A former colleague of mine recently stated on LinkedIn that people have an “obsession” with data sets that show things will get better. I disagree with the premise. I think the evidence clearly shows that people’s biggest bias is believing that things will stay the same. (The latter bias largely explains, for example, why stocks reached such low levels during the 2008 crash and why the stock market reached such high levels at the beginning of this year).
That “things will stay the same” bias is probably the biggest reason why Ford (NYSE:F) stock and many other equities are now trading at bargain-basement valuations; specifically, most of The Street believes that the coronavirus from China will keep our economy under wraps for the foreseeable future.
But as I have explained in the past, I expect the impact of the coronavirus to ease in the U.S. within a couple of weeks. That easing, of course, will greatly help many companies, including Ford.
As I’ve stated previously, I expect warm weather and drugs to play a role in eradicating the outbreak. Moreover, I see growing evidence that many Americans believe that, in most parts of the country, the virus probably does not justify the draconian measures that have been taken. Multiple places, from much of Oklahoma to Japan and South Korea, have not closed most of their social venues and places of business. And the fact is that, in those places, although all deaths are tragic, the virus is not causing widespread overcrowding of hospitals or killing thousands or even hundreds of people.
President Donald Trump, who indicated that he will try to restart the economy soon, seems to believe that taking such a step will not unleash total disaster. (Lots of testing, as South Korea has done, and quarantining vulnerable people, as Israeli Defense Minister Naftali Brennett recommends, are probably the best alternatives.)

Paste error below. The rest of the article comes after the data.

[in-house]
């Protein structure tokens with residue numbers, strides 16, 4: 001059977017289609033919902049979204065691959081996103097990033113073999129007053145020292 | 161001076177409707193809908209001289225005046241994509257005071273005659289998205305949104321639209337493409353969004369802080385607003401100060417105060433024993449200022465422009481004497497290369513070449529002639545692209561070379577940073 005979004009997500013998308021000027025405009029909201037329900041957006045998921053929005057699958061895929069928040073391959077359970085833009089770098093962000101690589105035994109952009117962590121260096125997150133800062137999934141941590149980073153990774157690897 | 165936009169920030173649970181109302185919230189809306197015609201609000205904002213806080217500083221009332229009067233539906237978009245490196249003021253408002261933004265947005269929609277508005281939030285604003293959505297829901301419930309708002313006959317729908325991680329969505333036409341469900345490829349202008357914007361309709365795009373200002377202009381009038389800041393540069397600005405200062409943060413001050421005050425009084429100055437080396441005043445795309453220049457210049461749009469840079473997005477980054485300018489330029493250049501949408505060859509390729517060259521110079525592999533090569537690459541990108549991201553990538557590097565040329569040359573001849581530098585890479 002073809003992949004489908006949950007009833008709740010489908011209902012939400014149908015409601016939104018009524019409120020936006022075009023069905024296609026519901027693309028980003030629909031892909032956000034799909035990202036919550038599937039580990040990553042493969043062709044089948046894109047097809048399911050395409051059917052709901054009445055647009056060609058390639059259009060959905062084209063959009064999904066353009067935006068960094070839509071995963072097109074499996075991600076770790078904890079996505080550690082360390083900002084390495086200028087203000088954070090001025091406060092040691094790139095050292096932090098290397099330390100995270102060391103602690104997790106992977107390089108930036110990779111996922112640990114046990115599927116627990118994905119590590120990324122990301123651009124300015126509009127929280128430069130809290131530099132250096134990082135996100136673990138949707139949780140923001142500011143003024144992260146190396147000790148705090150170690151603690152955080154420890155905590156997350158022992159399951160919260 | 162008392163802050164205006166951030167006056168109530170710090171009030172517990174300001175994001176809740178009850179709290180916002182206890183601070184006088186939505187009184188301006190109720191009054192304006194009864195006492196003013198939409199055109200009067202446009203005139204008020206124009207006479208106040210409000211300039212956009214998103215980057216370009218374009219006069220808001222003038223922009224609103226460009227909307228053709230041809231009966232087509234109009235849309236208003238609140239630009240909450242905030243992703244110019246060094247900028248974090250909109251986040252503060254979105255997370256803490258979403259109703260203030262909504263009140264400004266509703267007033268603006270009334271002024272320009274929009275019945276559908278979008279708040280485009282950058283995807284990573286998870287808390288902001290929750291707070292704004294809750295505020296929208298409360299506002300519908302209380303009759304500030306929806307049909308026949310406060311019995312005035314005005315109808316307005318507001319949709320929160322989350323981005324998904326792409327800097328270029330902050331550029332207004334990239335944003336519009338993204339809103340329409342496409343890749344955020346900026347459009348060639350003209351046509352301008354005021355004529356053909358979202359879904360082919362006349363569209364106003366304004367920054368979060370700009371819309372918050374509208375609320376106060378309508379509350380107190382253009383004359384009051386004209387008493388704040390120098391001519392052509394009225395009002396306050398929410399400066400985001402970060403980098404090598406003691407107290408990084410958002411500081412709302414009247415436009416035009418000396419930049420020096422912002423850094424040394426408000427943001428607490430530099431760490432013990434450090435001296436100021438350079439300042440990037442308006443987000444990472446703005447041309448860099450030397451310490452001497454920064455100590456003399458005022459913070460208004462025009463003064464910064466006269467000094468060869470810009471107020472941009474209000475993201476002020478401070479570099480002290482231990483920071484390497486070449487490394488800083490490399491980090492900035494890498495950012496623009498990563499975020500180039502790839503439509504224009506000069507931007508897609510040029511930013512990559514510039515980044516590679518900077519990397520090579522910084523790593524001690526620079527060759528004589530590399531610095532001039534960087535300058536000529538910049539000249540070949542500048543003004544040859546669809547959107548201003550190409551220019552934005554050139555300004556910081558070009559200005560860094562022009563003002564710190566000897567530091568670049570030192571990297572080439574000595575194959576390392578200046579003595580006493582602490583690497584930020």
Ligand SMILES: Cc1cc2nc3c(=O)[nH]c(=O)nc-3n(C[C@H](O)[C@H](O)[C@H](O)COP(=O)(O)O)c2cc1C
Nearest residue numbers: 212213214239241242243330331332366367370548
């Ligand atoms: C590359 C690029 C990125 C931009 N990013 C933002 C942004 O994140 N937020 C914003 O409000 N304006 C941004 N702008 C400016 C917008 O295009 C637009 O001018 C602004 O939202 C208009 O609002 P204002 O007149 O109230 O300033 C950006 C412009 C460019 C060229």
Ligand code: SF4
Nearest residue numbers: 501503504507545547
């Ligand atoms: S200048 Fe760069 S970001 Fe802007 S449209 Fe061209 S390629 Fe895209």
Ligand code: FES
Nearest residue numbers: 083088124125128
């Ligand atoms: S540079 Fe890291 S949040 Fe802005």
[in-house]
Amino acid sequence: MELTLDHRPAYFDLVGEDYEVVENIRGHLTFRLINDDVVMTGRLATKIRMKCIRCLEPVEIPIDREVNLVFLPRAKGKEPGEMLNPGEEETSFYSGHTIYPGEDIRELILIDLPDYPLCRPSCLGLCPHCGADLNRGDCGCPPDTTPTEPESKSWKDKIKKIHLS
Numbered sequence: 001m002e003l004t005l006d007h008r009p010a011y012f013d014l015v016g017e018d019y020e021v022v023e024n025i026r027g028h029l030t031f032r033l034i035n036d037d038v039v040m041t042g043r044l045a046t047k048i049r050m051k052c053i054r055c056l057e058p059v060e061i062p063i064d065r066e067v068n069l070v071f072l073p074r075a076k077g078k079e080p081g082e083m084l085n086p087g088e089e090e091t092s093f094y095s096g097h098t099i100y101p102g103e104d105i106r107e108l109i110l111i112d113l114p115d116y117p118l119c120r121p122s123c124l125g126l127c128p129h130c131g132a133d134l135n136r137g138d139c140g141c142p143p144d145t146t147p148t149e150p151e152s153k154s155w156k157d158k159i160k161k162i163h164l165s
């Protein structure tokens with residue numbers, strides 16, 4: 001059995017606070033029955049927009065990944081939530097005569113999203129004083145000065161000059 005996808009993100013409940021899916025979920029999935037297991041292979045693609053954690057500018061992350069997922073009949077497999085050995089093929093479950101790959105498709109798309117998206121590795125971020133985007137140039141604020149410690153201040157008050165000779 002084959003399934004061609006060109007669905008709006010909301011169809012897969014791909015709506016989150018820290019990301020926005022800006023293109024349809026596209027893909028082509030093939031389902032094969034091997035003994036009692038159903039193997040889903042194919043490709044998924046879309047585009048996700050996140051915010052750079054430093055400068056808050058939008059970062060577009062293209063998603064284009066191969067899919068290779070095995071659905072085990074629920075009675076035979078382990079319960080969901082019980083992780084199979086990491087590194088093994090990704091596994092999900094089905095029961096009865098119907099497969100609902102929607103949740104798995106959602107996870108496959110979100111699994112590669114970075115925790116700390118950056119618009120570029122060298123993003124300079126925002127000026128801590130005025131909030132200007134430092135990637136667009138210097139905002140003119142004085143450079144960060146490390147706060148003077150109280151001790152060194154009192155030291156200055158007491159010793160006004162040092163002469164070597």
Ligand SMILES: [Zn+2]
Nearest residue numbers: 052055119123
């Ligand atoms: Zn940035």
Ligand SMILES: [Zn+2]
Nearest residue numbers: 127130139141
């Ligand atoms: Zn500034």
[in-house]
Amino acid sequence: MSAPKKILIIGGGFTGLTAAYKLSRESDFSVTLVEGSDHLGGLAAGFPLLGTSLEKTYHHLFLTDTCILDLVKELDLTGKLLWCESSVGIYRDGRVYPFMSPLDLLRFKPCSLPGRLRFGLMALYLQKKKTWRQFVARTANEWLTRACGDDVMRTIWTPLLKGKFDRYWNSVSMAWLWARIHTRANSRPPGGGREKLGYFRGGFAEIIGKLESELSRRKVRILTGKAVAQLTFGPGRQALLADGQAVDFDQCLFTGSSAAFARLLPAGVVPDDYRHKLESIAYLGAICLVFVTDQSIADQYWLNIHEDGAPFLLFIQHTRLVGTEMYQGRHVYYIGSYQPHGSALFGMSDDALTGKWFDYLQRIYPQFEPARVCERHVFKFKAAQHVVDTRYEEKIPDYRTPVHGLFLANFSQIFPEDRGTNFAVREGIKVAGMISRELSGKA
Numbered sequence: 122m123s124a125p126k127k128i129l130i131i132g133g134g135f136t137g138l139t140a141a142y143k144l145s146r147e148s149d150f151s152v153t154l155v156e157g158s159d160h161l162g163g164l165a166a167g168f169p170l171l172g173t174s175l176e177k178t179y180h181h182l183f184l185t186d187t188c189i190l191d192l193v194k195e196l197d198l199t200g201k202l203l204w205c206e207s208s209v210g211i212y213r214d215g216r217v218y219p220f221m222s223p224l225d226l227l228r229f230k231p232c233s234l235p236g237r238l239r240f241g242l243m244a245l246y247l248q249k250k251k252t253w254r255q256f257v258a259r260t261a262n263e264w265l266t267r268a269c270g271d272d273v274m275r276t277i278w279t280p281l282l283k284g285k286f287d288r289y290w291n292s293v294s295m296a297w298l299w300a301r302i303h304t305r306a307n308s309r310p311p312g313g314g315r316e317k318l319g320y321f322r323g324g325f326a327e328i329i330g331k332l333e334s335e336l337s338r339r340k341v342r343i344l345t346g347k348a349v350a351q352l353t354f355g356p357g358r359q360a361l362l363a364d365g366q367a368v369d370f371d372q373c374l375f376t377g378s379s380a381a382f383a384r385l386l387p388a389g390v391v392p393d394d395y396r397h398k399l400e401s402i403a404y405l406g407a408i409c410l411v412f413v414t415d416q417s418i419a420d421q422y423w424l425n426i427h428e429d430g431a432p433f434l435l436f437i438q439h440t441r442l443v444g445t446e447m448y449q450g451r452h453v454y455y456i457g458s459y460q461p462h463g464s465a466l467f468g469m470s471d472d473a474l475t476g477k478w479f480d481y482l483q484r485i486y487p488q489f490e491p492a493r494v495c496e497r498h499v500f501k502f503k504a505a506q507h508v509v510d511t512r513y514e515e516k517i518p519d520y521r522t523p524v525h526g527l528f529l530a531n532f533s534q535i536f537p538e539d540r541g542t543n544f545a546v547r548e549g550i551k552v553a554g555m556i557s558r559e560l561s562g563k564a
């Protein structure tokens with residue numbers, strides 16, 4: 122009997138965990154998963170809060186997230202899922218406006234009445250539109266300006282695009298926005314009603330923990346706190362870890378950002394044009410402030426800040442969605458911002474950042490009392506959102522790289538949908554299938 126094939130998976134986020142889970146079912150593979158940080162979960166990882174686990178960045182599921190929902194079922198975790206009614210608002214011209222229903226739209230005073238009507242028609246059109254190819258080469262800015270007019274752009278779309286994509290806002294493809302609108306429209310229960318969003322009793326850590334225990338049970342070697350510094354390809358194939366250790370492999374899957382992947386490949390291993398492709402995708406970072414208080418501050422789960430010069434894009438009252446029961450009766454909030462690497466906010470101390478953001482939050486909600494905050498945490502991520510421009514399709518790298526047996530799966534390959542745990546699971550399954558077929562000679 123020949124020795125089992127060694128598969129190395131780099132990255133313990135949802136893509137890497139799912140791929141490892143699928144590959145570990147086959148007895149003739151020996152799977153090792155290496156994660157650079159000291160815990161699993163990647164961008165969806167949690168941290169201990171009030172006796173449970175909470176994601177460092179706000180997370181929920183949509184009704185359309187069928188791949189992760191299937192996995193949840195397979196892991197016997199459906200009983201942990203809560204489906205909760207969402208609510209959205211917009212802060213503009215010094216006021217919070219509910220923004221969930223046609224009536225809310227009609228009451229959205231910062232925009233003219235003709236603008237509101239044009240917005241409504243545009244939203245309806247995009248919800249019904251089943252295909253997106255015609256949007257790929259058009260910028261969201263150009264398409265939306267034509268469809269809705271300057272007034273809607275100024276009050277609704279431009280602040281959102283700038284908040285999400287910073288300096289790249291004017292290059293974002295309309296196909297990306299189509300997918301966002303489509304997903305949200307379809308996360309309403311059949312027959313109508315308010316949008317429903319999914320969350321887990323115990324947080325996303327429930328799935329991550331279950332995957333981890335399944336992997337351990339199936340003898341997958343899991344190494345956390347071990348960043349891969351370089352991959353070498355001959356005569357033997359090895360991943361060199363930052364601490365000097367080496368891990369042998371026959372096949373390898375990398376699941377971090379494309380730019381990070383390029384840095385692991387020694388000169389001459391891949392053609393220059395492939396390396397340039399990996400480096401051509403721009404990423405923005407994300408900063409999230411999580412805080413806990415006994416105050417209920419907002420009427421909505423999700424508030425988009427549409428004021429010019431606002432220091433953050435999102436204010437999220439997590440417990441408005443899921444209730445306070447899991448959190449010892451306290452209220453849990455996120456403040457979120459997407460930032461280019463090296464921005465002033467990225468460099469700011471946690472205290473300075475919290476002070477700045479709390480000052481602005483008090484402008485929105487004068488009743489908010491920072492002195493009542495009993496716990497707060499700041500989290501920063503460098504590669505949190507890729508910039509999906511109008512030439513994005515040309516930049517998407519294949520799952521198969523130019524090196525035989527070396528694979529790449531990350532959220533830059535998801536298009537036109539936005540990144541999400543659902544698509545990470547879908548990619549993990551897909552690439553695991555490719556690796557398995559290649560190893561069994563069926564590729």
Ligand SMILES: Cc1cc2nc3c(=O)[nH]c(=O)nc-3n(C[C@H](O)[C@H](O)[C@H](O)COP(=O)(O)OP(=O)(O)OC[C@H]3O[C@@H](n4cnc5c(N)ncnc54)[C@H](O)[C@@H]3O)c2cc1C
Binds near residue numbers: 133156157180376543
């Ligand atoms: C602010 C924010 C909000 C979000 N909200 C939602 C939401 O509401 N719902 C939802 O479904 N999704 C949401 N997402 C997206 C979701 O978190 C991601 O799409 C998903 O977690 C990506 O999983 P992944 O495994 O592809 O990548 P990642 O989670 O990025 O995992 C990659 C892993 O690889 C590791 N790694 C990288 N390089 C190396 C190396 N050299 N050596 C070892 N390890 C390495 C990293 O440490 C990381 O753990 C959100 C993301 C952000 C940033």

Ford Is Priced for a Continuation of the Status Quo
I think that F stock is priced as though the status quo will continue in the U.S. and China for some time. The shares have lost a huge 54% of their value so far in 2020, and their price-to-sales ratio is an incredibly low 0.14.
But the status quo is not continuing. In China, the economy is starting to show more and more signs of recovery. Meanwhile, the weather is getting warmer in the U.S. and China, and drugs are being deployed on a massive scale for the first time in the U.S. Further, many more Americans, including the president and at least two medical doctors, doubt the necessity of the nearly all-encompassing closures. Given all of these trends, the economies in the U.S. and China are likely to become much more normal soon, lifting Ford’s sales and F stock.
On another positive note, Ford has a great deal of cash. Specifically, the automaker has more than $37 billion of cash on hand, so it will not go bankrupt anytime soon.
GM Stock Is a Better Bet Than Ford at This Point
Before the coronavirus outbreak, Ford was already struggling, to a certain extent. Its net income from its automotive business fell $426 million year-over-year in 2018. Conversely, the combined net income of General Motors’ (NYSE:GM) North America and international units rose about $43 billion year over year. GM is also in a much stronger position in China than its fellow North American competitor, as it sold over 3 million vehicles there in 2019, versus just 146,000 for Ford. And GM is further along in autonomous vehicles, while its Bolt is one of the America’s best-selling electric vehicles, giving GM an advantage over Ford in that category.
The Bottom Line on F Stock
Ford’s shares are likely to rise over the next few months, as the coronavirus crisis subsides. Nevertheless, GM, which performed better in 2019 and has important advantages in China, EVs and autonomous technology, looks like the better bet at this point.
Larry Ramer has conducted research and written articles on U.S. stocks for 13 years. He has been employed by The Fly and Israel’s largest business newspaper, Globes. Larry began writing columns for InvestorPlace in 2015. Among his highly successful, contrarian picks have been GE, solar stocks, and Snap. You can reach him on StockTwits at @larryramer. As of this writing, he did not hold a position in any of the aforementioned securities.